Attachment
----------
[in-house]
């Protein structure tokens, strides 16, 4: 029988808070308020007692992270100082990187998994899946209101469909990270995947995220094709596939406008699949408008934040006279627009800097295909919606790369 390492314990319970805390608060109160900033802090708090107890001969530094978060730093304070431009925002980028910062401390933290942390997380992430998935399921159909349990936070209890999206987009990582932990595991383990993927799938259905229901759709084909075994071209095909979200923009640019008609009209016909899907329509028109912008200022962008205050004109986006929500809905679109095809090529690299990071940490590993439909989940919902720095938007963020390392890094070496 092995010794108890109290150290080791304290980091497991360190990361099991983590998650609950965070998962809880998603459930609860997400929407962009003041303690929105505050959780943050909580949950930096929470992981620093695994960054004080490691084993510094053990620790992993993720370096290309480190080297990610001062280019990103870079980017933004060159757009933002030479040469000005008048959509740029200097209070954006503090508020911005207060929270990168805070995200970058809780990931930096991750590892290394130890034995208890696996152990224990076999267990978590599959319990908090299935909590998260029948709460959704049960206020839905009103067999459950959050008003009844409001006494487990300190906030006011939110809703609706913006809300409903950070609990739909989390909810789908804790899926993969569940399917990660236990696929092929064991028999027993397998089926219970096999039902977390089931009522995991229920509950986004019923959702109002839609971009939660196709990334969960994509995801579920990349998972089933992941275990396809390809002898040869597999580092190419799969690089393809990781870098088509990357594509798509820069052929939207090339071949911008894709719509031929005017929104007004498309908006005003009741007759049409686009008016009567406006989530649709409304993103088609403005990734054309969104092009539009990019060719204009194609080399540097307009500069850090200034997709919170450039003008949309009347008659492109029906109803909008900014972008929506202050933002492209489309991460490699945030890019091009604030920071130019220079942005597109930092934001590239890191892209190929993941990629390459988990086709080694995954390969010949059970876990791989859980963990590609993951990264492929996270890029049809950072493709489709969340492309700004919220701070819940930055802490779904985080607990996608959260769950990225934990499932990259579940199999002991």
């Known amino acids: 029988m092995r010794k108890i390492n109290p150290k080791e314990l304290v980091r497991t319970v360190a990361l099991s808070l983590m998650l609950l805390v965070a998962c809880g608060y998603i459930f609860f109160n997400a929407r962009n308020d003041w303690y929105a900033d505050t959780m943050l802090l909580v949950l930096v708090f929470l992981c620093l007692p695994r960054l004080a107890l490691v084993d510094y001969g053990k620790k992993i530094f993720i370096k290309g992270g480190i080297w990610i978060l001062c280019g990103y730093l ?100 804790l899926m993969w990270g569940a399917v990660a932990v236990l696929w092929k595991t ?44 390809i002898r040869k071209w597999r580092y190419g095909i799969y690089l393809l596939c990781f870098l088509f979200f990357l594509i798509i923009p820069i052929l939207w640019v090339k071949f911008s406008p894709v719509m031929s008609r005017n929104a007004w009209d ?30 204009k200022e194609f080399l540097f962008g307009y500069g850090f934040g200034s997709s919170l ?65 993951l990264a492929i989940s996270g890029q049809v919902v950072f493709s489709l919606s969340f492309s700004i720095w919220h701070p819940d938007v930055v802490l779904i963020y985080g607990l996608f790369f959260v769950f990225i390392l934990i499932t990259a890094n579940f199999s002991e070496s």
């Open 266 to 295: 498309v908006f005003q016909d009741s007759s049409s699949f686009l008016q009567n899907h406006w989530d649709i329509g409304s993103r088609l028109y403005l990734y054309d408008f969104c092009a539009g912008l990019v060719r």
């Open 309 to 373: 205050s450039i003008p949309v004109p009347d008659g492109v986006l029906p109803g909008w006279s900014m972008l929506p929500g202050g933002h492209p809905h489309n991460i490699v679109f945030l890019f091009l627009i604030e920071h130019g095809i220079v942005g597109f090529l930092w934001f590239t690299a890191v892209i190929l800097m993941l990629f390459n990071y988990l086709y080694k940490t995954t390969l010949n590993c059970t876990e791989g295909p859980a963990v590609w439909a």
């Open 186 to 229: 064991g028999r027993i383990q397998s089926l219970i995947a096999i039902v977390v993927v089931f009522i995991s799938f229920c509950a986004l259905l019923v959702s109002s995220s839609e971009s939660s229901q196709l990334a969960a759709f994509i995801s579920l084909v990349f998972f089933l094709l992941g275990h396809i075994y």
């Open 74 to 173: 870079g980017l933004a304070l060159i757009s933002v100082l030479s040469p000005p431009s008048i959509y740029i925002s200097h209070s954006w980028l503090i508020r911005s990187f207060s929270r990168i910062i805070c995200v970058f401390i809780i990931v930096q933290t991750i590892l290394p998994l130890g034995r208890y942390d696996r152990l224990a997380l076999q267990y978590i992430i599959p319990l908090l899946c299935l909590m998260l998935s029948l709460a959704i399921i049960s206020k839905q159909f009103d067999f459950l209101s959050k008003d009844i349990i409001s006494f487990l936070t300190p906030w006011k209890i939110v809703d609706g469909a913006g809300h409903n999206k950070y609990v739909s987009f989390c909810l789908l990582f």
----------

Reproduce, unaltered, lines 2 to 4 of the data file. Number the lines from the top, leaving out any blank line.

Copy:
């Protein structure tokens, strides 16, 4: 029988808070308020007692992270100082990187998994899946209101469909990270995947995220094709596939406008699949408008934040006279627009800097295909919606790369 390492314990319970805390608060109160900033802090708090107890001969530094978060730093304070431009925002980028910062401390933290942390997380992430998935399921159909349990936070209890999206987009990582932990595991383990993927799938259905229901759709084909075994071209095909979200923009640019008609009209016909899907329509028109912008200022962008205050004109986006929500809905679109095809090529690299990071940490590993439909989940919902720095938007963020390392890094070496 092995010794108890109290150290080791304290980091497991360190990361099991983590998650609950965070998962809880998603459930609860997400929407962009003041303690929105505050959780943050909580949950930096929470992981620093695994960054004080490691084993510094053990620790992993993720370096290309480190080297990610001062280019990103870079980017933004060159757009933002030479040469000005008048959509740029200097209070954006503090508020911005207060929270990168805070995200970058809780990931930096991750590892290394130890034995208890696996152990224990076999267990978590599959319990908090299935909590998260029948709460959704049960206020839905009103067999459950959050008003009844409001006494487990300190906030006011939110809703609706913006809300409903950070609990739909989390909810789908804790899926993969569940399917990660236990696929092929064991028999027993397998089926219970096999039902977390089931009522995991229920509950986004019923959702109002839609971009939660196709990334969960994509995801579920990349998972089933992941275990396809390809002898040869597999580092190419799969690089393809990781870098088509990357594509798509820069052929939207090339071949911008894709719509031929005017929104007004498309908006005003009741007759049409686009008016009567406006989530649709409304993103088609403005990734054309969104092009539009990019060719204009194609080399540097307009500069850090200034997709919170450039003008949309009347008659492109029906109803909008900014972008929506202050933002492209489309991460490699945030890019091009604030920071130019220079942005597109930092934001590239890191892209190929993941990629390459988990086709080694995954390969010949059970876990791989859980963990590609993951990264492929996270890029049809950072493709489709969340492309700004919220701070819940930055802490779904985080607990996608959260769950990225934990499932990259579940199999002991």
């Known amino acids: 029988m092995r010794k108890i390492n109290p150290k080791e314990l304290v980091r497991t319970v360190a990361l099991s808070l983590m998650l609950l805390v965070a998962c809880g608060y998603i459930f609860f109160n997400a929407r962009n308020d003041w303690y929105a900033d505050t959780m943050l802090l909580v949950l930096v708090f929470l992981c620093l007692p695994r960054l004080a107890l490691v084993d510094y001969g053990k620790k992993i530094f993720i370096k290309g992270g480190i080297w990610i978060l001062c280019g990103y730093l ?100 804790l899926m993969w990270g569940a399917v990660a932990v236990l696929w092929k595991t ?44 390809i002898r040869k071209w597999r580092y190419g095909i799969y690089l393809l596939c990781f870098l088509f979200f990357l594509i798509i923009p820069i052929l939207w640019v090339k071949f911008s406008p894709v719509m031929s008609r005017n929104a007004w009209d ?30 204009k200022e194609f080399l540097f962008g307009y500069g850090f934040g200034s997709s919170l ?65 993951l990264a492929i989940s996270g890029q049809v919902v950072f493709s489709l919606s969340f492309s700004i720095w919220h701070p819940d938007v930055v802490l779904i963020y985080g607990l996608f790369f959260v769950f990225i390392l934990i499932t990259a890094n579940f199999s002991e070496s």
């Open 266 to 295: 498309v908006f005003q016909d009741s007759s049409s699949f686009l008016q009567n899907h406006w989530d649709i329509g409304s993103r088609l028109y403005l990734y054309d408008f969104c092009a539009g912008l990019v060719r």